Monday, September 24, 2012

RR: Eve remembered the texture of that apple, just as much as the taste and the dietary effects afterwards...

“Not every meal is just food”  Chase Sapphire Card Advertisement

A meal I fondly made with a friend on a visit home - Note the strawberries
When I ate a Peach for breakfast this morning, I savored it as it dribbled down my wrist.  Even though the juice threatened to permanently stain my clothes, I took my leisurely time letting my tongue catch the tributaries mimicking my veins.  Compared to caf bananas (which I freeze so they don’t feel so smushy), and underripe oranges, the peach was peaceful.  Centering.  Sating instead of stressful.  It was exactly what my body needed emotionally and physically to feel better.
The way our bodies interact with food tells just as much of a story.   Tony looking back can see the juxtaposition between food and his father’s body;  “Eating saucission a l’ail between crusty French bread, sipping vin ordinaire in his white terry-cloth shirt and boxer-style swimming trunks, wiggling his toes in the sand, he always looked most completely at ease.”  [43]  Food can define body language, the same way I’m sure someone could have traced the worry lines receding in my face as I ate the peach.  In Saigon, Tony remembers in the marketplace after gleefully sampling from many vendors how “Another woman beckons me over and offers me a slice of jackfruit.  I accept and offer her money.  She declines, simply watches, smiling as I eat.  I am loving this.  I am really really loving this.”  [58]  This gesture, to me, spoke of her enjoyment of watching his glee in food.  Reveling with him, she wished to share in that bodily metamorphosis he was experiencing.
“Context and memory play powerful roles in all the truly great meals in one’s life.” [6]  When Tony thinks of oysters, he thinks of the “Big, scary, ugly shell in my neighbor’s knobby hand” [41] of his childhood.  There were passages that cued my own ‘truly great meals’, but for me it was moments.  I hardly ever see the entirety of the meal, but taste, a moment within it.  I associated with his section that mimicked a slide projector, such as “A few beads of caviar licked off a nipple” [10].  My own reel started clicking, and I remembered the first time I used honey to sweeten besides tea, or how well chocolate sauce does not work, and how well truffles do.  Little helpful details, like the extra bite of peppermint Burt’s Bees Chapstick, ice cubes used as desserts with my poor dad or desserts with a not-so-poor boyfriend, and the use of ginger ale bubbles.  My mind would then expand out of the gutter into the mint jelly that came with Lamb at my Grandma’s Birthday, and how I still prefer my Mom’s lamb shanks, inspiring me to call her to just say hi.  I remember the first time I tried a salmon roe roll, and loved the way it popped, and tried an Unagi (a different type of fish egg), and always let Mom have it as her dessert.  Whether it was chives stolen from the garden, even with the wolf piss on it to keep deer away, or the jam my grandmother makes from scratch, there are certain instances which cue me.  Maybe it has something to do with my sensitized tastebuds, or the way I categorize my thoughts in the first place.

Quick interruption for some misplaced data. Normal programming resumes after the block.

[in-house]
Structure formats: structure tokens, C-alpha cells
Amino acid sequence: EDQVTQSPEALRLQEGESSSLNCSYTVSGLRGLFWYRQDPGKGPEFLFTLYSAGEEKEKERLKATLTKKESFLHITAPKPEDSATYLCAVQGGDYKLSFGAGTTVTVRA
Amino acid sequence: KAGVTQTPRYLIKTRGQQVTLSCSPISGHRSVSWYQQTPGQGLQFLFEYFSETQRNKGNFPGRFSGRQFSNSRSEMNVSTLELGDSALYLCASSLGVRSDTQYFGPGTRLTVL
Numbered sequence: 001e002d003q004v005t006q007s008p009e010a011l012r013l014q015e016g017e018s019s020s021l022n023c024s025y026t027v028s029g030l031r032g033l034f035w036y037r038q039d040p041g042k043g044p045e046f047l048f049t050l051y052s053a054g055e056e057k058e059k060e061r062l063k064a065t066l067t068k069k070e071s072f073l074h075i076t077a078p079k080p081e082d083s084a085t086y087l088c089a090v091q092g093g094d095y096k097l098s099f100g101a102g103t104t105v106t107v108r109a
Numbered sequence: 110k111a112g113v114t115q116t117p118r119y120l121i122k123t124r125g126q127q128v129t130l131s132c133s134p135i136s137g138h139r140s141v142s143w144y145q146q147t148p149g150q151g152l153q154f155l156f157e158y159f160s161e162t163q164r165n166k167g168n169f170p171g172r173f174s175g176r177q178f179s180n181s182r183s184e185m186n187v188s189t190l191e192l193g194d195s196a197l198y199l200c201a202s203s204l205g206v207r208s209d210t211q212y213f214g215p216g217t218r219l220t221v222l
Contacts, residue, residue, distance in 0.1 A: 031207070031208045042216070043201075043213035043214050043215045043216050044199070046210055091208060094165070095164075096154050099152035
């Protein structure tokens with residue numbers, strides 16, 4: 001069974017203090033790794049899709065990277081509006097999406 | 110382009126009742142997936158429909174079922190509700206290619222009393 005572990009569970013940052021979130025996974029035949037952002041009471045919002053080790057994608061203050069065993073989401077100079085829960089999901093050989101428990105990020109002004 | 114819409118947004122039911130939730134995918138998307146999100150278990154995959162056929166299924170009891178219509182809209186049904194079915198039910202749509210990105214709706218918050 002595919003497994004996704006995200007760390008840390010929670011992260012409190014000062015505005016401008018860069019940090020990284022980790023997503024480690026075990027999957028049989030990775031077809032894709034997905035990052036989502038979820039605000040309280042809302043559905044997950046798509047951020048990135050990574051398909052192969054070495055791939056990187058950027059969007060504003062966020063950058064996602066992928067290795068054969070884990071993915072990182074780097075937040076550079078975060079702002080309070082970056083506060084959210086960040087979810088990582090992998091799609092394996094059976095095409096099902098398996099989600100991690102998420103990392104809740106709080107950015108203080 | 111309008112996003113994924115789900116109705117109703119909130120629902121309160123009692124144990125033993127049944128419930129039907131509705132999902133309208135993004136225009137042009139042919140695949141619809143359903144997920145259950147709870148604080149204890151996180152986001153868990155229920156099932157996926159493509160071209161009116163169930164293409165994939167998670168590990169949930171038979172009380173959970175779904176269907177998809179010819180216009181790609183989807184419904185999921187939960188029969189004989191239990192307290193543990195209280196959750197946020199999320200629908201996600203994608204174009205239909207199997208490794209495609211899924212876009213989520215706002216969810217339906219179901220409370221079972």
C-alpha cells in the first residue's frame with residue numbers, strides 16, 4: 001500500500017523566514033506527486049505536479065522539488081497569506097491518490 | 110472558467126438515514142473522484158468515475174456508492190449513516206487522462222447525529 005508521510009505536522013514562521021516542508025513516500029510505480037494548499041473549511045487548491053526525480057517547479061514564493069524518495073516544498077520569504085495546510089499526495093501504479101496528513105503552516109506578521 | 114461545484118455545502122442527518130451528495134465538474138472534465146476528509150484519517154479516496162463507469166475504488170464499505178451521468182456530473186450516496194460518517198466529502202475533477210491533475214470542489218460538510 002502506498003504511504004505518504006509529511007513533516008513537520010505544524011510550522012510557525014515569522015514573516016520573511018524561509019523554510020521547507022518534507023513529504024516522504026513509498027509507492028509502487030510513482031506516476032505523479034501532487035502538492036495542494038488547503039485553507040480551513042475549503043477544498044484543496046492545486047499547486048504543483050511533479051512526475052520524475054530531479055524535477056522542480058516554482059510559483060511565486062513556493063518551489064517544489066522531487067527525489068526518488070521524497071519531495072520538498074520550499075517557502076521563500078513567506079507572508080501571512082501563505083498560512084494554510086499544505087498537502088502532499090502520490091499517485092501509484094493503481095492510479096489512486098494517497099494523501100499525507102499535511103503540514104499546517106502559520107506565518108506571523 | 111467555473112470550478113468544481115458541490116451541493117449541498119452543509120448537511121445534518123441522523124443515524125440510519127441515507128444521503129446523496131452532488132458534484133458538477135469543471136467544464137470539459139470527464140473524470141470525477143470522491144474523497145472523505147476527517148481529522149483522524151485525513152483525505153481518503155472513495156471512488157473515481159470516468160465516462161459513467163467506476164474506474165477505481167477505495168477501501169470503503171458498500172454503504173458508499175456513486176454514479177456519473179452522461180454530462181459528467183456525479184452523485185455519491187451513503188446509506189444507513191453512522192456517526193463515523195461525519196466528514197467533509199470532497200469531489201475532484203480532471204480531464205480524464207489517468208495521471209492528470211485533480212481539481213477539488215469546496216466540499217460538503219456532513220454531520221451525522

At the same time, our bodies also remember the bad experiences.  I know people who were too brazen with Vodka at one time and still to this day can’t touch orange juice.  I can look back and remembering eating one too many cupcakes at a Preschool function that always helps stay my hand from just-one-more-brownie-can’t-hurt.  Or there’s the time when my need to try everything new and rich (in this case turtle) also reintroduced me to what rich food tastes like after bubbling in acidic bile in your stomach and rewinding through your throat.  I’d still try it again, just keep the other rich food count down.  You learn, same way Tony kicks himself for having the bad tete de veau, and then following it with his beloved foie gras.  Our bodies know.
Besides the literal knowledge that our bodies have, there are cultural beliefs as well.  In Saigon, eating a soft-boiled duck embryo leads to a man smiling and saying “Make you strong!” [63], as if Tony could now procreate better.  Spiritual connection between what you eat isn’t a culture phenomena exclusive to tribes on the Discovery channel who believe eating the heart of the hunt would help strengthen the warrior.  As a side note some studies now show that eating raw hearts can be very nutritious much like a liver or kidney, (parasites excluded), so maybe cultural beliefs are well founded.  Either way, this connection between what goes in, how it interacts with us physically, and the memories we associate with both scenarios are one of the major threads stitching our memory quilt together.


  1. You do such an extraordinary job synthesizing personal experience with the text, McKenna; and I'm so impressed with your telling details. You cover so much ground and give such a solid taste of who you are with carefully-chosen details. So delightful to read.

  2. Cool post McKenna! I also find the interaction between food and self quite interesting. Also, I can truly identify with your paragraph about foods that have particularly bad memories, and not being able to eat them. I once got sick off of my mother's pineapple upside down cake-have not touched that food since. It's funny how memories can surpass the influence of taste satisfaction.